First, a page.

Names of the world, updated

Jun 30th 2009

I've just finished the strange and wonderful task of updating the international name rankings in Namipedia. Not every country tracks name popularity, and those that do provide wildly different levels of information. Some just report a top 10 or 20 -- or in the case of Armenia, precisely 48. Others issue no official report, but a census officer reveals the top names of the year in a newspaper interview. And then there are the countries that record every single name given to a child all year in an enormous, strangely formatted pdf file. In Cyrillic.

Gather enough rankings, though, and you have a fascinating window on a name's place in the world. For instance, look at the pages for Sofia or Alexander (scroll down on the right to "Global Popularity") to see a portrait of universal style. In contrast, some names are specific to a single culture. In fact, over 1500 names from the global ranking lists are not found in Namipedia (yet). Here's a sampling of some of the most distinctive local color among top-50 names.

Astghik (F, #41)
Gohar (F, #13)
Hasmik (F, #12)
Gagik (M, #18)
Tigran (M, #8)

Fien (F, #46)
Kato (F, #50)
Seppe (M, #42)
Wout (M, #21)

Canada (Quebec)
Laurence (F, #4)
Maika (F, #10)

Ignacia (F, #18)
Maite (F, #28)

Czech Republic

Anezka (F, #31)
Vendula (F, #26)
Vojtech (M, #6)
Zdenek (M, #44)

Malou (F, #26)
Naja (F, #47)
Jeppe (M, #34)
Villads (M, #37)

Helmi (F, #6)
Ilmari (M, #8)
Olavi (M, #5)
Onni (M, #6)

Boglarka (F, #2)
Enikő (F, #32)
Virag (F, #17)
Szabolcs (M, #32)
Zsolt (M, #29)

Bryndís (F, #42)
Hekla (F, #22)
Hrafnhildur (F, #40)
Bjarki (M, #24)
Sigurður (M, #13)

Austeja (F, #5)
Gabija (F, #2)
Ugnė (F, #6)
Kajus (M, #5)
Rokas (M, #6)

Bartosz (M, #5)
Maciej (M, #11)
Mikolaj (M, #14)

Lizi (F, #4)
Nino (F, #3)
Bachana (M, #15)
Tato (M, #14)
Tsotne (M, #6)

Serbia (Belgrade)
Andela (F, #2)
Dusan (M, #15)
Uros (M, #12)
Vuk (M, #14)

Neža (F, #9)
Zoja (F, #22)
Aljaž (M, #9)
Nejc (M, #4)
Žiga (M, #6)

Ainhoa (F, #27)
Aroa (F, #46)
Iker (M, #13)
Izan (M, #33)
Pau (M, #44)

Lova (F, #47)
Olle (M, #37)


And now for something completely different

Jun 24th 2009

I know what you've been thinking: "This here baby name statistics blog is mighty good. But wouldn't it be even better animated?"

First reacquaint yourself with the posts on recession baby naming (part 1 and part 2) and the fastest rising names of 2008, then check out how the CBS News "Fast Draw" folks tackle the material:

(Duck! Eraser!!)


First name vs. Surname

Jun 22nd 2009

In my last post, "Sharing the Choice," I talked about the value of parents sharing and compromising in baby name decisions. Among the examples of non-sharing I mentioned was this occasional refrain:

“I figure he gets the surname so I should get the first name, it’s only fair.”

Not surprisingly, some of you called me on it. Isn't it "only fair"? In the words of one reader:

"You gloss over the fact that the last name is still a 'solo domain.' Very few children (especially of married parents) have the mother's birth surname as their last name. Even if the mother has a beautiful, easy to spell surname, the children inevitably get the father's name, even if it's harsh-sounding and impossible to spell. When is there going to be a discussion about women being automatically cut out of that naming picture?"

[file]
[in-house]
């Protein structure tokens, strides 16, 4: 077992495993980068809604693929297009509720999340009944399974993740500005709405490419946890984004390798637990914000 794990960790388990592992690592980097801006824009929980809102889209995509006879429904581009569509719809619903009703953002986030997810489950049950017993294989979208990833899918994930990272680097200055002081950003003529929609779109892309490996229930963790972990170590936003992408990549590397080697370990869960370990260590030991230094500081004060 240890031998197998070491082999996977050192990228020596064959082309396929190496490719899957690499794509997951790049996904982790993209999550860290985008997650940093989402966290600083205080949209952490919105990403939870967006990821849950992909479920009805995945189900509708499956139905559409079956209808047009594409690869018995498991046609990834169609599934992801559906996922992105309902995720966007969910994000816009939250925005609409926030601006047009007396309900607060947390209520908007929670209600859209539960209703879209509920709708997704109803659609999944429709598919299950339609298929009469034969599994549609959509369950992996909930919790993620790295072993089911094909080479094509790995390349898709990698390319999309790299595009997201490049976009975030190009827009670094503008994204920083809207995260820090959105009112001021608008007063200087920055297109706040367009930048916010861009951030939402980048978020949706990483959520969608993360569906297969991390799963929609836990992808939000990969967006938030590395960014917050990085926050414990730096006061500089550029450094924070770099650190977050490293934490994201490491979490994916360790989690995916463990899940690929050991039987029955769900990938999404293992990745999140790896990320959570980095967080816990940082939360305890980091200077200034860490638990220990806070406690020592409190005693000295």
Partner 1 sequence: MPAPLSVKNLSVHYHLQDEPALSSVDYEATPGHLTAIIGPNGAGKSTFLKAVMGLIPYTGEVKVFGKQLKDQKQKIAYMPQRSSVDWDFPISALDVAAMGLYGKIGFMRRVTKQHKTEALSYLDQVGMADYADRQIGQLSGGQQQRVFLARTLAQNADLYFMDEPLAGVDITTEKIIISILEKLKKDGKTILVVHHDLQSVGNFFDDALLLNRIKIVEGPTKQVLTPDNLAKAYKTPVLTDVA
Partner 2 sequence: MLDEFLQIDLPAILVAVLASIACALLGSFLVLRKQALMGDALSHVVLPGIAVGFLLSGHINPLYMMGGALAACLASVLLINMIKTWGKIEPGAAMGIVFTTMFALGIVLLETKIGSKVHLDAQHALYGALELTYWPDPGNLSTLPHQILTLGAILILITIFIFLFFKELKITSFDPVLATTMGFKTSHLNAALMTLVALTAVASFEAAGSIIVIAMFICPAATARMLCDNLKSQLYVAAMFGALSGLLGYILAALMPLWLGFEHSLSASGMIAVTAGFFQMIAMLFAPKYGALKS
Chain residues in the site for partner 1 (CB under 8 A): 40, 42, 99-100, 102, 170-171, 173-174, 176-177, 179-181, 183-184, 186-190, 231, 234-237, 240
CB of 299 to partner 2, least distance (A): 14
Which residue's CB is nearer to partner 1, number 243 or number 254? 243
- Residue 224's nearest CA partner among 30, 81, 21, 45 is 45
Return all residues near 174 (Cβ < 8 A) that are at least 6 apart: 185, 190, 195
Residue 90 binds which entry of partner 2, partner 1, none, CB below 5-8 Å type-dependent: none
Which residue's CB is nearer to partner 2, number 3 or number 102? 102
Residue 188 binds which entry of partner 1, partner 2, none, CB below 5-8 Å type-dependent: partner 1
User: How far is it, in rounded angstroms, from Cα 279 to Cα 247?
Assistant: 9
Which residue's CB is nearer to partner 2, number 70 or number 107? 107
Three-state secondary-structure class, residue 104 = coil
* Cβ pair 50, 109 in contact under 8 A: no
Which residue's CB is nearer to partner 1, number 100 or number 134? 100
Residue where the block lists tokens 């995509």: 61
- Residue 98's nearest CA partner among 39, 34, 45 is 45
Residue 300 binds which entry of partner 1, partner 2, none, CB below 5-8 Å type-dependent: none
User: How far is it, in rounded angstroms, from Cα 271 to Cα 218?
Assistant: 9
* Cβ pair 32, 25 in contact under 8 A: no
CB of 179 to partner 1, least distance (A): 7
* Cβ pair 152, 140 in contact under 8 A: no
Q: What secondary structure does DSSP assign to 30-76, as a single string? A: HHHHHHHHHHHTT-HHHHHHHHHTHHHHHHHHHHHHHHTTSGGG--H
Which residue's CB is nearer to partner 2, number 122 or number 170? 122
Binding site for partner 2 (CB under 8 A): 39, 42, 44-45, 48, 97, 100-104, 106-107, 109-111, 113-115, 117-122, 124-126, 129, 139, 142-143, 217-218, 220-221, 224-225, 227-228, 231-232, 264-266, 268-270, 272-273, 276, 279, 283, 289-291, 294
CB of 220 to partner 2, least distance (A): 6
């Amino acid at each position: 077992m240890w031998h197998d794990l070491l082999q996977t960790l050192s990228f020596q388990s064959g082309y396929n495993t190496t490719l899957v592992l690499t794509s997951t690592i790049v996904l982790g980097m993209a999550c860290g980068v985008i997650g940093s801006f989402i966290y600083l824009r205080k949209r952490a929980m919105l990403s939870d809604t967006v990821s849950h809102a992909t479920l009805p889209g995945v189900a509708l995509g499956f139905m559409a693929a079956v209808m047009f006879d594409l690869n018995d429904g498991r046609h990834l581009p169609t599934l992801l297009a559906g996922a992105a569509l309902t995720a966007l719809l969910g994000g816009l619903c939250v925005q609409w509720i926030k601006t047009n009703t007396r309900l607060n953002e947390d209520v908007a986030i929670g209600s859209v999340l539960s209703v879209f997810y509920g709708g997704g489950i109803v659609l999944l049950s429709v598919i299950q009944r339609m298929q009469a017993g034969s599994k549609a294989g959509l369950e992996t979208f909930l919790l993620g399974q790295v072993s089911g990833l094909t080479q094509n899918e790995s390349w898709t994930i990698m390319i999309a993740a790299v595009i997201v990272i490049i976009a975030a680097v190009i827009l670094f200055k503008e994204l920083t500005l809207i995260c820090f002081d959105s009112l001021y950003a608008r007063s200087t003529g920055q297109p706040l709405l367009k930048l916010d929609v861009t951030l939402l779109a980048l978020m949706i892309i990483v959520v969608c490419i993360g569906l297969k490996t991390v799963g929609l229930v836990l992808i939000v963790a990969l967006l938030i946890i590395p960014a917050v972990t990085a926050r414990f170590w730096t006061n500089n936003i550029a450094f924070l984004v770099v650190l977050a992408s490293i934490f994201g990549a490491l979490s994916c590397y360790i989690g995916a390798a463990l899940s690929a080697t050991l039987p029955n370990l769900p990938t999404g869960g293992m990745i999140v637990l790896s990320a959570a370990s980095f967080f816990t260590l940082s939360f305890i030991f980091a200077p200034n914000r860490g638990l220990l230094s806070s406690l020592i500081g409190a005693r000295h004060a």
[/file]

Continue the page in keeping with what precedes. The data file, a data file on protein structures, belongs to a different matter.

So let me clarify.

I don't think giving up first-name rights because you "get" the surname is a natural tradeoff, because I consider first and last name decisions fundamentally different. The choice of a surname is about relationships, roles, traditions, and power. The choice of a first name is about individual identity.

In my years in the name business I have never, ever heard a parent say something like, "We're totally stuck on surnames. He wants Picard after Captain Picard, and I want Bronte after Charlotte Bronte." I've never seen an expectant mom's face light up in delight as she describes why she chose the surname Fenstermacher for her baby. And I've never heard a dad worry that if they name the baby Jessica, people will think she's not his child.

Sure, you can decide to trade first name rights for surname rights. You can also trade name rights for, say, the right to choose your next car, or responsibility for 4 AM feedings. Personally, though, I wouldn't do it. A first name is a unique bridge between you and your child, and between your child and the world. Nothing else really compares. Plus both parents are going to be saying this name countless times every day, so they'd both better like it.

Now, about those surnames. In my personal circle of friends and acquaintances I've seen an incredible variety of responses to the surname challenge:

- The woman took the man's surname after marriage.

- The man took the woman's surname after marriage.

- The woman hypenated her surname after marriage, the man didn't.

- Both of them hyphenated their surnames after marriage.

- Both of them changed to a whole new surname, created out of parts of the two original names.

- Both of them changed to a different family surname that would have otherwise died out.

- Both kept their own surnames, and the kids were given the dad's name.

- Both kept their own surnames, and the kids were given hyphenated names.

- Both kept their own surnames, and the kids were given a new surname created from the two parents' surnames.

- Both kept their own surnames and the sons got dad's surname, daughters mom's surname.

Doubtless there are even more creative permutations that I haven't encountered. (Please do share!) The right choice for an individual family depends on how you weigh many competing values. But whatever your approach to surnames, I'd suggest trying to work out the family identity before it's time to start shaping your kids' individual identities. It's better to have two shared decisions than two offsetting resentments.